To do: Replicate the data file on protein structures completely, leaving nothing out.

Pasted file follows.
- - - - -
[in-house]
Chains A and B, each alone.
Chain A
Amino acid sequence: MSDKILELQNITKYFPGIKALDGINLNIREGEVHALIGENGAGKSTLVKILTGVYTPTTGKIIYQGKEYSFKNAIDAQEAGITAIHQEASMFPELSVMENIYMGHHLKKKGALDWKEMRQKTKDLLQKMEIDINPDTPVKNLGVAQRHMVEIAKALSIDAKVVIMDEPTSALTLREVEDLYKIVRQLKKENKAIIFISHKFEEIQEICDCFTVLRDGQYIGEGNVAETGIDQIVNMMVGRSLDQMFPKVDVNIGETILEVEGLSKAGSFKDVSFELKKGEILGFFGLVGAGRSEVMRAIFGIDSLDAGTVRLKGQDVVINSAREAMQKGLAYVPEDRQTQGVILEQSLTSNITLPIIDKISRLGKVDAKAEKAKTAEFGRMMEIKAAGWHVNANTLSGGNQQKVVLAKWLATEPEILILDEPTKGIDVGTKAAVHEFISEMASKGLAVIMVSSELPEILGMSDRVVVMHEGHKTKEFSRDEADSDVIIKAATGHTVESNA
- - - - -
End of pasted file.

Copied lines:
[in-house]
Chains A and B, each alone.
Chain A
Amino acid sequence: MSDKILELQNITKYFPGIKALDGINLNIREGEVHALIGENGAGKSTLVKILTGVYTPTTGKIIYQGKEYSFKNAIDAQEAGITAIHQEASMFPELSVMENIYMGHHLKKKGALDWKEMRQKTKDLLQKMEIDINPDTPVKNLGVAQRHMVEIAKALSIDAKVVIMDEPTSALTLREVEDLYKIVRQLKKENKAIIFISHKFEEIQEICDCFTVLRDGQYIGEGNVAETGIDQIVNMMVGRSLDQMFPKVDVNIGETILEVEGLSKAGSFKDVSFELKKGEILGFFGLVGAGRSEVMRAIFGIDSLDAGTVRLKGQDVVINSAREAMQKGLAYVPEDRQTQGVILEQSLTSNITLPIIDKISRLGKVDAKAEKAKTAEFGRMMEIKAAGWHVNANTLSGGNQQKVVLAKWLATEPEILILDEPTKGIDVGTKAAVHEFISEMASKGLAVIMVSSELPEILGMSDRVVVMHEGHKTKEFSRDEADSDVIIKAATGHTVESNA